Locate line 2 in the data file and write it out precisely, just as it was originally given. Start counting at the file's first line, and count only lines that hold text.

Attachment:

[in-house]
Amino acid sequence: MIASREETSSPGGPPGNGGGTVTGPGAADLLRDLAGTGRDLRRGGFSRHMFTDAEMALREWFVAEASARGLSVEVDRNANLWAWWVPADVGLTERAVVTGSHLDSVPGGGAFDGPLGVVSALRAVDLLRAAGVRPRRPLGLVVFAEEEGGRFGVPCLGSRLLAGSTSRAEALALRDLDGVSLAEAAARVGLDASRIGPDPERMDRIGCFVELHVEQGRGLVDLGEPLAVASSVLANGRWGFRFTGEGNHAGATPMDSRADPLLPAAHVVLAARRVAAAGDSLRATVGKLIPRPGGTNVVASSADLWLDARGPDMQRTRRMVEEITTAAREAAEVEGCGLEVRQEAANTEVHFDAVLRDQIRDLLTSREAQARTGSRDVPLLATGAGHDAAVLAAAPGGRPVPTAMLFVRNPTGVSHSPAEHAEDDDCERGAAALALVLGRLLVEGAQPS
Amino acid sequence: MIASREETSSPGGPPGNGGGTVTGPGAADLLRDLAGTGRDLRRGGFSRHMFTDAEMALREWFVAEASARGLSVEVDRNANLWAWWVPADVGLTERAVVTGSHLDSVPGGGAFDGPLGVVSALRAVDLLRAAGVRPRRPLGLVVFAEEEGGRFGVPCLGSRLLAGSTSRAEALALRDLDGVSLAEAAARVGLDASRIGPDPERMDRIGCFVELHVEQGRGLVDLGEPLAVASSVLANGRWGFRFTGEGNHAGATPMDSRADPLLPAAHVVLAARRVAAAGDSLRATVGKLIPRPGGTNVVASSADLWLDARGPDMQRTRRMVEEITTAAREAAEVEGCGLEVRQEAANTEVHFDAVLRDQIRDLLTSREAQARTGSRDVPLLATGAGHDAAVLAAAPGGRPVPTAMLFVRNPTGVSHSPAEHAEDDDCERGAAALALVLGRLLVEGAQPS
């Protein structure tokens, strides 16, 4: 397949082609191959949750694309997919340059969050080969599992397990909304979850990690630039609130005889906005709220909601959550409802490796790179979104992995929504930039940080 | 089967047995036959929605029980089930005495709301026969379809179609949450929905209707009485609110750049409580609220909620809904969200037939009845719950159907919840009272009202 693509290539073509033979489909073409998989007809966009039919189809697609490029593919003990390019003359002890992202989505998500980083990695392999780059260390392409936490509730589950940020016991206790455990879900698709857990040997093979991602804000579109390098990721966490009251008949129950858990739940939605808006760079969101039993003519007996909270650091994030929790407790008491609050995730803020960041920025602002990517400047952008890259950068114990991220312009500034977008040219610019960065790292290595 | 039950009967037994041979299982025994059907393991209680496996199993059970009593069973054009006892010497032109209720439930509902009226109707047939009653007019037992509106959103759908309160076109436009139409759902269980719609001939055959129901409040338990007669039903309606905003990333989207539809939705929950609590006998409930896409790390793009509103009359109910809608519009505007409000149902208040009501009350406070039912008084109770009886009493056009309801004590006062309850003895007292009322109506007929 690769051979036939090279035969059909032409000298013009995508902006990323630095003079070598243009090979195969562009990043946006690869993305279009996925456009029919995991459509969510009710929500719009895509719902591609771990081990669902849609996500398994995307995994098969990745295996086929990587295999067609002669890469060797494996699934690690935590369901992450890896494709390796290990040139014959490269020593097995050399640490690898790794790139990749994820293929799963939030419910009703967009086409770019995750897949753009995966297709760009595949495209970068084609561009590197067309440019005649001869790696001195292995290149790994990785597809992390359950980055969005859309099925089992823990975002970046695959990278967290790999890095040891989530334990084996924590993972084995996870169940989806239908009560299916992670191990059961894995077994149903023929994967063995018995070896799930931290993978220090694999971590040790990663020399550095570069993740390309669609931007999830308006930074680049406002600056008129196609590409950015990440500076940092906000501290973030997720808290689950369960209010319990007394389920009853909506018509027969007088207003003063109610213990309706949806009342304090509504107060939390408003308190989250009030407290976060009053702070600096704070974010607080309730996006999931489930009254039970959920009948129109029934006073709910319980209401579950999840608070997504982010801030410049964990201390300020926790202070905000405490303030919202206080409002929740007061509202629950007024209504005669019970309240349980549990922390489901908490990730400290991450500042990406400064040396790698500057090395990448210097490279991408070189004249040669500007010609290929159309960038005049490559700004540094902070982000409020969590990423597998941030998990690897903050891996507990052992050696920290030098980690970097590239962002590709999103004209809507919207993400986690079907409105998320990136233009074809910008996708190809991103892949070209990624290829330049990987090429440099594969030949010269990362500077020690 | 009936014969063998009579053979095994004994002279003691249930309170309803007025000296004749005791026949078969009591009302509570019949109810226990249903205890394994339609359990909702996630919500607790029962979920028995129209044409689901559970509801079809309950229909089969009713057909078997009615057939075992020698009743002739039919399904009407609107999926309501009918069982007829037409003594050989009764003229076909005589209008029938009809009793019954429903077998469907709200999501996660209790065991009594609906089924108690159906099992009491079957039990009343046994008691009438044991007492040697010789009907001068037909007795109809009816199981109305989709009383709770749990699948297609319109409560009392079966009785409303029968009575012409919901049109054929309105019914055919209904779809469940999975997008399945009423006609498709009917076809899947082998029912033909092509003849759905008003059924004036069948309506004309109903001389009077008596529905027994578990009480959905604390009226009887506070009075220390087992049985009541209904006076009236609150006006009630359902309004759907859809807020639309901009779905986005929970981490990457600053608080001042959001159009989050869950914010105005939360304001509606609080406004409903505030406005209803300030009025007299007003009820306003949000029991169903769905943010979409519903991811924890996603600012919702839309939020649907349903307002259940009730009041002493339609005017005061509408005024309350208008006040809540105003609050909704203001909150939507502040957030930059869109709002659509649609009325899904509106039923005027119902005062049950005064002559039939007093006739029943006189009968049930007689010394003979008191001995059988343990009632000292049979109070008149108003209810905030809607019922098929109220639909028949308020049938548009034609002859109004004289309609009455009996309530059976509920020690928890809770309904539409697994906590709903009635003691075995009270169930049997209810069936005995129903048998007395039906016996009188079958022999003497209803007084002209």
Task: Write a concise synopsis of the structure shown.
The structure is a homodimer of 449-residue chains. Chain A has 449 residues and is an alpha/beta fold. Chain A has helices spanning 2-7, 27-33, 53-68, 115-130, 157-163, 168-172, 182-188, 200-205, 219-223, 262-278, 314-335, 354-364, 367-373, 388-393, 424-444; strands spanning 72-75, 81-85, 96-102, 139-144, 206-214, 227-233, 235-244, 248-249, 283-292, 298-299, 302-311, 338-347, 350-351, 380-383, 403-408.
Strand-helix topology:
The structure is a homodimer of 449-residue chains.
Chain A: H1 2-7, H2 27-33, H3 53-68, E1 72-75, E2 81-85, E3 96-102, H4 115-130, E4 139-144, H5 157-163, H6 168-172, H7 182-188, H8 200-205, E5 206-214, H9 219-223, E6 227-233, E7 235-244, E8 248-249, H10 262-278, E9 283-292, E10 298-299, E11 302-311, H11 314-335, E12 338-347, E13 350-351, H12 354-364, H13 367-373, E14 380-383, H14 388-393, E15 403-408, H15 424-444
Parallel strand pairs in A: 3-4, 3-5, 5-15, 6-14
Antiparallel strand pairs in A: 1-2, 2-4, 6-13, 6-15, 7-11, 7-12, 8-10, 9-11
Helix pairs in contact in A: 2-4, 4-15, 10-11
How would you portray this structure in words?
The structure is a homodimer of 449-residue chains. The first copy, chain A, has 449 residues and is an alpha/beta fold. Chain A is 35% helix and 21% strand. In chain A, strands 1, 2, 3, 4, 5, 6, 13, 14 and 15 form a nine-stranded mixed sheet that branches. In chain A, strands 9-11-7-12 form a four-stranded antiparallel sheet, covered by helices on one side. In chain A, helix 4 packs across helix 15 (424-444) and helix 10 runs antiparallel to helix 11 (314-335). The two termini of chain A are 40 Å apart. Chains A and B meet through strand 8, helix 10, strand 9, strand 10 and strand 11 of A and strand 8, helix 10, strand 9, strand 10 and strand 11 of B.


Amino acid sequence: MIASREETSSPGGPPGNGGGTVTGPGAADLLRDLAGTGRDLRRGGFSRHMFTDAEMALREWFVAEASARGLSVEVDRNANLWAWWVPADVGLTERAVVTGSHLDSVPGGGAFDGPLGVVSALRAVDLLRAAGVRPRRPLGLVVFAEEEGGRFGVPCLGSRLLAGSTSRAEALALRDLDGVSLAEAAARVGLDASRIGPDPERMDRIGCFVELHVEQGRGLVDLGEPLAVASSVLANGRWGFRFTGEGNHAGATPMDSRADPLLPAAHVVLAARRVAAAGDSLRATVGKLIPRPGGTNVVASSADLWLDARGPDMQRTRRMVEEITTAAREAAEVEGCGLEVRQEAANTEVHFDAVLRDQIRDLLTSREAQARTGSRDVPLLATGAGHDAAVLAAAPGGRPVPTAMLFVRNPTGVSHSPAEHAEDDDCERGAAALALVLGRLLVEGAQPS